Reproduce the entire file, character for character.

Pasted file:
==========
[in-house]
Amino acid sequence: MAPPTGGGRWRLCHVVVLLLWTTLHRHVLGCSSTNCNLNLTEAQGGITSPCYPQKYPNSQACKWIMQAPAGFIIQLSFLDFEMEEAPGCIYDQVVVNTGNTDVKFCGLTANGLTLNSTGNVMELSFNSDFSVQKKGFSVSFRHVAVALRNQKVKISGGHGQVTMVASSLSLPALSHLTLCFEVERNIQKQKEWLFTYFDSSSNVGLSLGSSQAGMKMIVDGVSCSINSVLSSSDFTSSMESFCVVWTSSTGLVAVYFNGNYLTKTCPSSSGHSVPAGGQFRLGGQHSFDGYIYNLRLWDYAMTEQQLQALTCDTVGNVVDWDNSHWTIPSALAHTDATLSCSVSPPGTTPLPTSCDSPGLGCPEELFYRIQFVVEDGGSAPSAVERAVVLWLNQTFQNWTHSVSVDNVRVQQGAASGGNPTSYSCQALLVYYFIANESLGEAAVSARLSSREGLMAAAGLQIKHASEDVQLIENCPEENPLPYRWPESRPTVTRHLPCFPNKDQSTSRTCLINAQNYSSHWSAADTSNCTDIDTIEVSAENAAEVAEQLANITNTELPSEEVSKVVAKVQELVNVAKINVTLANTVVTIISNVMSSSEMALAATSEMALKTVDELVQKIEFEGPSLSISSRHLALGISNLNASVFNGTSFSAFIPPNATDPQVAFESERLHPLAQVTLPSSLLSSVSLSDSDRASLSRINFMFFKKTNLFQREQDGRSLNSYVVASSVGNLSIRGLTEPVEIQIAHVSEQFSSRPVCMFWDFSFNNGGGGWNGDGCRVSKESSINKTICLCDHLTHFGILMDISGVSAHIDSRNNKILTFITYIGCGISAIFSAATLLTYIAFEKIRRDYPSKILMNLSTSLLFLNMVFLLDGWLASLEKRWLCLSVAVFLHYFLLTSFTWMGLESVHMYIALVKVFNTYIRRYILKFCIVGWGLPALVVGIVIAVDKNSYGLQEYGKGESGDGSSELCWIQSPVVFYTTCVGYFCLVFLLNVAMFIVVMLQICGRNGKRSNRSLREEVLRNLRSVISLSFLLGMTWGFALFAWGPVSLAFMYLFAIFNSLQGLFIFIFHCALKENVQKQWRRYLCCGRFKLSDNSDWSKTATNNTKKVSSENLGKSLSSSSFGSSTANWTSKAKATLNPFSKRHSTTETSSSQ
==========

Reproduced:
[in-house]
Amino acid sequence: MAPPTGGGRWRLCHVVVLLLWTTLHRHVLGCSSTNCNLNLTEAQGGITSPCYPQKYPNSQACKWIMQAPAGFIIQLSFLDFEMEEAPGCIYDQVVVNTGNTDVKFCGLTANGLTLNSTGNVMELSFNSDFSVQKKGFSVSFRHVAVALRNQKVKISGGHGQVTMVASSLSLPALSHLTLCFEVERNIQKQKEWLFTYFDSSSNVGLSLGSSQAGMKMIVDGVSCSINSVLSSSDFTSSMESFCVVWTSSTGLVAVYFNGNYLTKTCPSSSGHSVPAGGQFRLGGQHSFDGYIYNLRLWDYAMTEQQLQALTCDTVGNVVDWDNSHWTIPSALAHTDATLSCSVSPPGTTPLPTSCDSPGLGCPEELFYRIQFVVEDGGSAPSAVERAVVLWLNQTFQNWTHSVSVDNVRVQQGAASGGNPTSYSCQALLVYYFIANESLGEAAVSARLSSREGLMAAAGLQIKHASEDVQLIENCPEENPLPYRWPESRPTVTRHLPCFPNKDQSTSRTCLINAQNYSSHWSAADTSNCTDIDTIEVSAENAAEVAEQLANITNTELPSEEVSKVVAKVQELVNVAKINVTLANTVVTIISNVMSSSEMALAATSEMALKTVDELVQKIEFEGPSLSISSRHLALGISNLNASVFNGTSFSAFIPPNATDPQVAFESERLHPLAQVTLPSSLLSSVSLSDSDRASLSRINFMFFKKTNLFQREQDGRSLNSYVVASSVGNLSIRGLTEPVEIQIAHVSEQFSSRPVCMFWDFSFNNGGGGWNGDGCRVSKESSINKTICLCDHLTHFGILMDISGVSAHIDSRNNKILTFITYIGCGISAIFSAATLLTYIAFEKIRRDYPSKILMNLSTSLLFLNMVFLLDGWLASLEKRWLCLSVAVFLHYFLLTSFTWMGLESVHMYIALVKVFNTYIRRYILKFCIVGWGLPALVVGIVIAVDKNSYGLQEYGKGESGDGSSELCWIQSPVVFYTTCVGYFCLVFLLNVAMFIVVMLQICGRNGKRSNRSLREEVLRNLRSVISLSFLLGMTWGFALFAWGPVSLAFMYLFAIFNSLQGLFIFIFHCALKENVQKQWRRYLCCGRFKLSDNSDWSKTATNNTKKVSSENLGKSLSSSSFGSSTANWTSKAKATLNPFSKRHSTTETSSSQ